In the third of our four part series, Kit Oung provides 10 essential steps for managing your energy.
The demands on a business to manufacture a product or provide a service are voluminous. In order to survive and surpass the competition - in addition to meeting the large and growing range of energy regulations and standards - many businesses implement a barrage of guru soup. Some examples of such guru soup are 5S, lean manufacturing, total productive maintenance, total quality management, six sigma, ISO 90001, ISO 14001, OHSAS 18001, ISO 50001, and the list goes on.
In fact, many are suffering from a initiative fatigue and not able to apportion successes or otherwise to specific initiatives. The following evidence is not in short supply in the media:
- “Not another management initiative!”
- “I have no time! Come back in a few months.”
- “We are very busy!”
- “Well, when the consultants leave, everything goes back to normal anyway!
Why is this happening?
When an organization chooses to implement a new initiative, many are implementing them as independent projects, following a rigid process to meet the requirements word for word. For example, a business operation certified to ISO 9001, ISO 14001, OHSAS 18001 and ISO 50001 end up spending time driving five independent management systems - the fifth being the way the business operates on a daily basis.
Inevitably, many organizational activities are focused on closing non-conformities and collecting evidence for meeting the requirements before the next audit. Therefore, businesses get caught into a spiraling loop of constant catch up from audit to audit.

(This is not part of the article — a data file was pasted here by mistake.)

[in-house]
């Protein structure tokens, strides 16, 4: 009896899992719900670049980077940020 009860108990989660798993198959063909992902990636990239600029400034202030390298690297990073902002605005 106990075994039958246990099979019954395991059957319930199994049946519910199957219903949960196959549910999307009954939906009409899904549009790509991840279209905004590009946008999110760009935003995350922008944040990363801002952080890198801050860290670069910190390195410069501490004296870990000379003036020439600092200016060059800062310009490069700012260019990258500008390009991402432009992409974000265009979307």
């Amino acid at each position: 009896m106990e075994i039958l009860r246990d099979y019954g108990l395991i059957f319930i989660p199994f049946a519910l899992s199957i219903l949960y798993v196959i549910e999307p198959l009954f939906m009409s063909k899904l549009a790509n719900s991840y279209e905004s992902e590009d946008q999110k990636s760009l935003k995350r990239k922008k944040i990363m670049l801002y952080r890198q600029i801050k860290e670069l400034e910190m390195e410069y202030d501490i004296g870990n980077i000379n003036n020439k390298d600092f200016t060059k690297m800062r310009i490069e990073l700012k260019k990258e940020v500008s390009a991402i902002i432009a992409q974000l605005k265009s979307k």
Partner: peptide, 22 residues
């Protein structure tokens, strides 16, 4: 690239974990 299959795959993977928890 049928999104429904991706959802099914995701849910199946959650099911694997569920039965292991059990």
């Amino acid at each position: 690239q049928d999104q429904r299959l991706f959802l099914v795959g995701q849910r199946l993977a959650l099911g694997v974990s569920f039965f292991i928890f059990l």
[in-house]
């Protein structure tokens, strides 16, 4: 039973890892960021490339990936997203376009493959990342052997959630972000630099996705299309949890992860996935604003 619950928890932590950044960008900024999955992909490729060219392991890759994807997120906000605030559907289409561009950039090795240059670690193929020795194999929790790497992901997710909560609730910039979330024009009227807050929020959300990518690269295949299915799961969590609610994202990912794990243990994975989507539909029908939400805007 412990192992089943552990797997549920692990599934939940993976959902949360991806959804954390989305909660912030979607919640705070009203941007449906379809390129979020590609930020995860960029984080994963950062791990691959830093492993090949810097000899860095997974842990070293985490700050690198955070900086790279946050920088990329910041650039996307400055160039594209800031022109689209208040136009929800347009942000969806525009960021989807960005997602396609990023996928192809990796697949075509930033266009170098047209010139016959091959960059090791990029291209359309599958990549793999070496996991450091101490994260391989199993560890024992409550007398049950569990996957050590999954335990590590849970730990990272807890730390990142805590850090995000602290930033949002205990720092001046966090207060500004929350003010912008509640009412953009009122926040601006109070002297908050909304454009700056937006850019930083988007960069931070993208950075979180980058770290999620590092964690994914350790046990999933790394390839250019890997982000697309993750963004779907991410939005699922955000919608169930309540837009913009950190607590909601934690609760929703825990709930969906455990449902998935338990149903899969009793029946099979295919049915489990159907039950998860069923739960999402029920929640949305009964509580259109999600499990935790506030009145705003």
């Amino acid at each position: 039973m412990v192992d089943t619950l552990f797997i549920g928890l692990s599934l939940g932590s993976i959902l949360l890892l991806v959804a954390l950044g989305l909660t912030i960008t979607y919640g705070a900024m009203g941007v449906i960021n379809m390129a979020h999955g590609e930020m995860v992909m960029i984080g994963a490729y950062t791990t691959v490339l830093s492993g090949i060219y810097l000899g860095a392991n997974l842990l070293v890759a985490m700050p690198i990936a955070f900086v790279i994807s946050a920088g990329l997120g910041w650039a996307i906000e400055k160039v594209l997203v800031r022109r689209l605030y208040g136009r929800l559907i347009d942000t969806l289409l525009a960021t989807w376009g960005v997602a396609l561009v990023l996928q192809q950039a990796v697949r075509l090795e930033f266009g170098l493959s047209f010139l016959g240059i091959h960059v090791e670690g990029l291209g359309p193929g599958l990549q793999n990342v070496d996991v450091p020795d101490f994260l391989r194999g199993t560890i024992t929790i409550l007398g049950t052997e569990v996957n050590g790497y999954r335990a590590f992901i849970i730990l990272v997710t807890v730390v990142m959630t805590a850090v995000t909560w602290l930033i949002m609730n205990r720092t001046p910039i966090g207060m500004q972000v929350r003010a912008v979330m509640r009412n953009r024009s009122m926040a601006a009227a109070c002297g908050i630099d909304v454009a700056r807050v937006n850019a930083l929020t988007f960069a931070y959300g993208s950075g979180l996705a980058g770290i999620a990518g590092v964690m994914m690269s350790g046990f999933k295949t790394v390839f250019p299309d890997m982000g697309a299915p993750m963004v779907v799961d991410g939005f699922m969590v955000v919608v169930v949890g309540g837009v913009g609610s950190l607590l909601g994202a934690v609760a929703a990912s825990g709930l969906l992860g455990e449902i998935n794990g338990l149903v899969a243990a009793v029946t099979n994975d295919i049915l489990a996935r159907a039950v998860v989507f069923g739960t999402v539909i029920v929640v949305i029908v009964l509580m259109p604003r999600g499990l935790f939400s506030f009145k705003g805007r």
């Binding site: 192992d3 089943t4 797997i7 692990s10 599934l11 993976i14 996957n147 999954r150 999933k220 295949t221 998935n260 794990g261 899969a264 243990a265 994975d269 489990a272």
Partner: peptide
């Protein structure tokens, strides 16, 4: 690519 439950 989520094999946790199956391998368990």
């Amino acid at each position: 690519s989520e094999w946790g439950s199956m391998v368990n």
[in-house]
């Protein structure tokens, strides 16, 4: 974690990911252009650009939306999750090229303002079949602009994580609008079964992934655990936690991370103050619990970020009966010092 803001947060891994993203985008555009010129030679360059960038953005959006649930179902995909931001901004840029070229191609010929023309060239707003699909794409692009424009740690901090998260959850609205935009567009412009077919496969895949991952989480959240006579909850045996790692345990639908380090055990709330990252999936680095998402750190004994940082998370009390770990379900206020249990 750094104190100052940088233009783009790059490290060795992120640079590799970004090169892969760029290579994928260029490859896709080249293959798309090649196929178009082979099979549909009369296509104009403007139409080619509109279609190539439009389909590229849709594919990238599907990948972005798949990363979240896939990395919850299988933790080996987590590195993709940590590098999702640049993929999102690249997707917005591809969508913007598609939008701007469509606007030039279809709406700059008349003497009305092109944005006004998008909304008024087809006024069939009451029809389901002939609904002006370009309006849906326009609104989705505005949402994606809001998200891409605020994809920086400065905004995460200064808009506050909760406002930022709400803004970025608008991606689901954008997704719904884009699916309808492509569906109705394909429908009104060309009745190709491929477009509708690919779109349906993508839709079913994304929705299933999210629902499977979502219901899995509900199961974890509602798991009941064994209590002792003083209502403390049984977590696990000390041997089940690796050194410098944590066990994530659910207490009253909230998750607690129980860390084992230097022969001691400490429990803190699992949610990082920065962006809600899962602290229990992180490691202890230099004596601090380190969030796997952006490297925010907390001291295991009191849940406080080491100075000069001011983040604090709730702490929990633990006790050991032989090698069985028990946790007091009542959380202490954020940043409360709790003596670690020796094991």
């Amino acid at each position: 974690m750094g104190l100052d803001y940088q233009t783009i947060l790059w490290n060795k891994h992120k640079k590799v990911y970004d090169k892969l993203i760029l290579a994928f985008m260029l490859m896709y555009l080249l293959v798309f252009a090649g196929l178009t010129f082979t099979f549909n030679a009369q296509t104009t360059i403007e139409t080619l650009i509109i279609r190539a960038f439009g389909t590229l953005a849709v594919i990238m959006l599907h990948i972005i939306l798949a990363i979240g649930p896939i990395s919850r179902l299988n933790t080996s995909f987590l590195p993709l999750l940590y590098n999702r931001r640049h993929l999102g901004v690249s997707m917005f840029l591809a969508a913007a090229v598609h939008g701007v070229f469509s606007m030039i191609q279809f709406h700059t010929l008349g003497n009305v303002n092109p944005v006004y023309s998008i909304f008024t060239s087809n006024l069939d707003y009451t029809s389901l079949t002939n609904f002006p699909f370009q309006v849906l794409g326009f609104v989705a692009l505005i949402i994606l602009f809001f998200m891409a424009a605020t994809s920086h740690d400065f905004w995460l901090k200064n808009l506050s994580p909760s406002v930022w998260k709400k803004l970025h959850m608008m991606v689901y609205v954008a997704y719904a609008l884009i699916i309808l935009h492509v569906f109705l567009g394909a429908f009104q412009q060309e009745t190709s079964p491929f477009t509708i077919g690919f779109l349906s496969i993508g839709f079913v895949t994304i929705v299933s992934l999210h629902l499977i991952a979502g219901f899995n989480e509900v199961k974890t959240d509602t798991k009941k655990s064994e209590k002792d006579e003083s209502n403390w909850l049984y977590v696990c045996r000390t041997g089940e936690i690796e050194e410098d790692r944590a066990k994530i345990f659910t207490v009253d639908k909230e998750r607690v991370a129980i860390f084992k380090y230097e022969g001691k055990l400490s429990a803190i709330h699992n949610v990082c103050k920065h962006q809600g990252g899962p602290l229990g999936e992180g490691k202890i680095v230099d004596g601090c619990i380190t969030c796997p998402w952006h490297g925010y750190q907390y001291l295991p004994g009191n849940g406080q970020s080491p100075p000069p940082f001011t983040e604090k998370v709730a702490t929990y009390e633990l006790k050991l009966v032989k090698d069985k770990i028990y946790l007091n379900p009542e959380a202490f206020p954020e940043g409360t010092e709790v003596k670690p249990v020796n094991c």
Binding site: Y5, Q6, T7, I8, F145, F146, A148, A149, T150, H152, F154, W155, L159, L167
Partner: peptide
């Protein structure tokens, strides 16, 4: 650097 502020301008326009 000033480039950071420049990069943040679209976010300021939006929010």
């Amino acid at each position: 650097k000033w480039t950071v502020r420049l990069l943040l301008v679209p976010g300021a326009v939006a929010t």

The one management system for all
Businesses need to understand the fundamental principles of management systems. A good and thorough understand of these principles allows businesses to distill and operate one management system: incorporating quality features (ISO 9001), environmental features (ISO 14001), features of health and safety (OHSAS 18001), and energy features (ISO 50001) ... or whichever the business subscribed to.
These fundamentals are based on the multiplier effect of management initiatives engaging with its human capital. As a knock on effect, time and resources is freed for other work within the business. These fundamental principles are:
Use consistent language. Management systems are based on a set of very basic terminologies: Plan, do, check and act. Each terminology has several requirements that are described using simple language. Using these ready-made terms makes it simple and understandable for all in the business.
Whole firm involvement. Many people think that management systems are only for those in a ‘management’ position. In fact, it is a way of working inside the business: from the raw materials input to the product output and from the marketing to satisfied customer.
Allocate responsibilities and resources early. Planning and allocation of roles, responsibility and authority must be allocated as soon as the system is rolled out. An important point is not to assume that everyone knows of their job function and description – a person’s interpretation of their role may be different to another persons’ interpretation of the same role.